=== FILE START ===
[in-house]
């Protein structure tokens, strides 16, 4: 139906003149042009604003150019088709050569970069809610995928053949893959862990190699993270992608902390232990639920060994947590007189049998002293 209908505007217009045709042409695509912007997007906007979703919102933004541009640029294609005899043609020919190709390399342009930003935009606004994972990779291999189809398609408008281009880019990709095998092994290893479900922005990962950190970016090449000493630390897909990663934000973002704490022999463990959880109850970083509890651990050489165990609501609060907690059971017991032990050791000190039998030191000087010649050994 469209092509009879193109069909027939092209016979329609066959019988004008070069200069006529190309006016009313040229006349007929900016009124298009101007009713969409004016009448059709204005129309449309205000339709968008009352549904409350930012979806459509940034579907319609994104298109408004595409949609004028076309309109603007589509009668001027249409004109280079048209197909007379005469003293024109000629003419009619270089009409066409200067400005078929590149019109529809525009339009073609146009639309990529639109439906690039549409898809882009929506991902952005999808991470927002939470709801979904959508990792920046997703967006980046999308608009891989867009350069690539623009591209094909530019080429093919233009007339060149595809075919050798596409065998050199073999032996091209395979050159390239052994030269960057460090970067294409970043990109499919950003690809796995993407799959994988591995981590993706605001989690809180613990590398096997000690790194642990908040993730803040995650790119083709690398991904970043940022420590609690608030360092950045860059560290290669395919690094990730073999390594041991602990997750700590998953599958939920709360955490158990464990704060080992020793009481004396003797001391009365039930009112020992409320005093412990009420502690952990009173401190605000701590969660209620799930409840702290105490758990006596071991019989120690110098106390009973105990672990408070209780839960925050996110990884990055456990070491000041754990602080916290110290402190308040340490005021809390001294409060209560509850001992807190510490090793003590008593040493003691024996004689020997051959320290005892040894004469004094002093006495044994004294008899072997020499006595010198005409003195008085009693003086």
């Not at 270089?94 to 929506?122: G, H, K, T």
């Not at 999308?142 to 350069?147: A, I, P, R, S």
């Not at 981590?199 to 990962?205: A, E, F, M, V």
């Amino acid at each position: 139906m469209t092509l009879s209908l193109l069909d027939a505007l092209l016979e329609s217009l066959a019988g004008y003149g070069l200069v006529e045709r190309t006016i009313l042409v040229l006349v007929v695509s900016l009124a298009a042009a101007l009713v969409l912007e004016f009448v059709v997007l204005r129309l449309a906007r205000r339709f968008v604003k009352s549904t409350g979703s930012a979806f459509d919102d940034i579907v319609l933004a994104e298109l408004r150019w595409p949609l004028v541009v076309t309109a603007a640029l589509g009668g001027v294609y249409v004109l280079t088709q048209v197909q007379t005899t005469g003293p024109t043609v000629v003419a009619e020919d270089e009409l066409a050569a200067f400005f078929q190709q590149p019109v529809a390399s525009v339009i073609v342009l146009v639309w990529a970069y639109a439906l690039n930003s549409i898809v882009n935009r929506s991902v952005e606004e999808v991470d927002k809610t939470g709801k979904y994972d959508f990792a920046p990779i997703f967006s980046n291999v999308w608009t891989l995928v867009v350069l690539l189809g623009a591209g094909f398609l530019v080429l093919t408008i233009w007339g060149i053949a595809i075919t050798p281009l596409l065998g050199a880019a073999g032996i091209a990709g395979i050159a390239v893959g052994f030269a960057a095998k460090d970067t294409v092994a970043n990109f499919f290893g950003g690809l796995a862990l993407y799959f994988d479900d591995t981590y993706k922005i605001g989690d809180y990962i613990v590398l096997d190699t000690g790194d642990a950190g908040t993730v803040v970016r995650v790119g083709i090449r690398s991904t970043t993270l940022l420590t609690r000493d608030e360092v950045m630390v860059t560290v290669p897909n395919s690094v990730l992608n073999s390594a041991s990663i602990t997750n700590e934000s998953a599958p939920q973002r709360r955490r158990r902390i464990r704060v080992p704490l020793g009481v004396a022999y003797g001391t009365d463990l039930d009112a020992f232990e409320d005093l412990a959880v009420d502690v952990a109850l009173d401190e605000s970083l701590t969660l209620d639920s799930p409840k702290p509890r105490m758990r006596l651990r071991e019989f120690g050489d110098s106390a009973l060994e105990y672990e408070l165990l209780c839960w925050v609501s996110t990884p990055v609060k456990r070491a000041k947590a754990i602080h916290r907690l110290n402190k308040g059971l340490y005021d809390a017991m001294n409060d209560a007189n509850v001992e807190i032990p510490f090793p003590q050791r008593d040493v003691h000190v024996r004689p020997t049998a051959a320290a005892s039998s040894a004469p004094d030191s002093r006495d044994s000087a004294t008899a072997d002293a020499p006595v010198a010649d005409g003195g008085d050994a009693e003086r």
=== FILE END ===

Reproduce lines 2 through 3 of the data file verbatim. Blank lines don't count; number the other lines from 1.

């Protein structure tokens, strides 16, 4: 139906003149042009604003150019088709050569970069809610995928053949893959862990190699993270992608902390232990639920060994947590007189049998002293 209908505007217009045709042409695509912007997007906007979703919102933004541009640029294609005899043609020919190709390399342009930003935009606004994972990779291999189809398609408008281009880019990709095998092994290893479900922005990962950190970016090449000493630390897909990663934000973002704490022999463990959880109850970083509890651990050489165990609501609060907690059971017991032990050791000190039998030191000087010649050994 469209092509009879193109069909027939092209016979329609066959019988004008070069200069006529190309006016009313040229006349007929900016009124298009101007009713969409004016009448059709204005129309449309205000339709968008009352549904409350930012979806459509940034579907319609994104298109408004595409949609004028076309309109603007589509009668001027249409004109280079048209197909007379005469003293024109000629003419009619270089009409066409200067400005078929590149019109529809525009339009073609146009639309990529639109439906690039549409898809882009929506991902952005999808991470927002939470709801979904959508990792920046997703967006980046999308608009891989867009350069690539623009591209094909530019080429093919233009007339060149595809075919050798596409065998050199073999032996091209395979050159390239052994030269960057460090970067294409970043990109499919950003690809796995993407799959994988591995981590993706605001989690809180613990590398096997000690790194642990908040993730803040995650790119083709690398991904970043940022420590609690608030360092950045860059560290290669395919690094990730073999390594041991602990997750700590998953599958939920709360955490158990464990704060080992020793009481004396003797001391009365039930009112020992409320005093412990009420502690952990009173401190605000701590969660209620799930409840702290105490758990006596071991019989120690110098106390009973105990672990408070209780839960925050996110990884990055456990070491000041754990602080916290110290402190308040340490005021809390001294409060209560509850001992807190510490090793003590008593040493003691024996004689020997051959320290005892040894004469004094002093006495044994004294008899072997020499006595010198005409003195008085009693003086």
């Not at 270089?94 to 929506?122: G, H, K, T």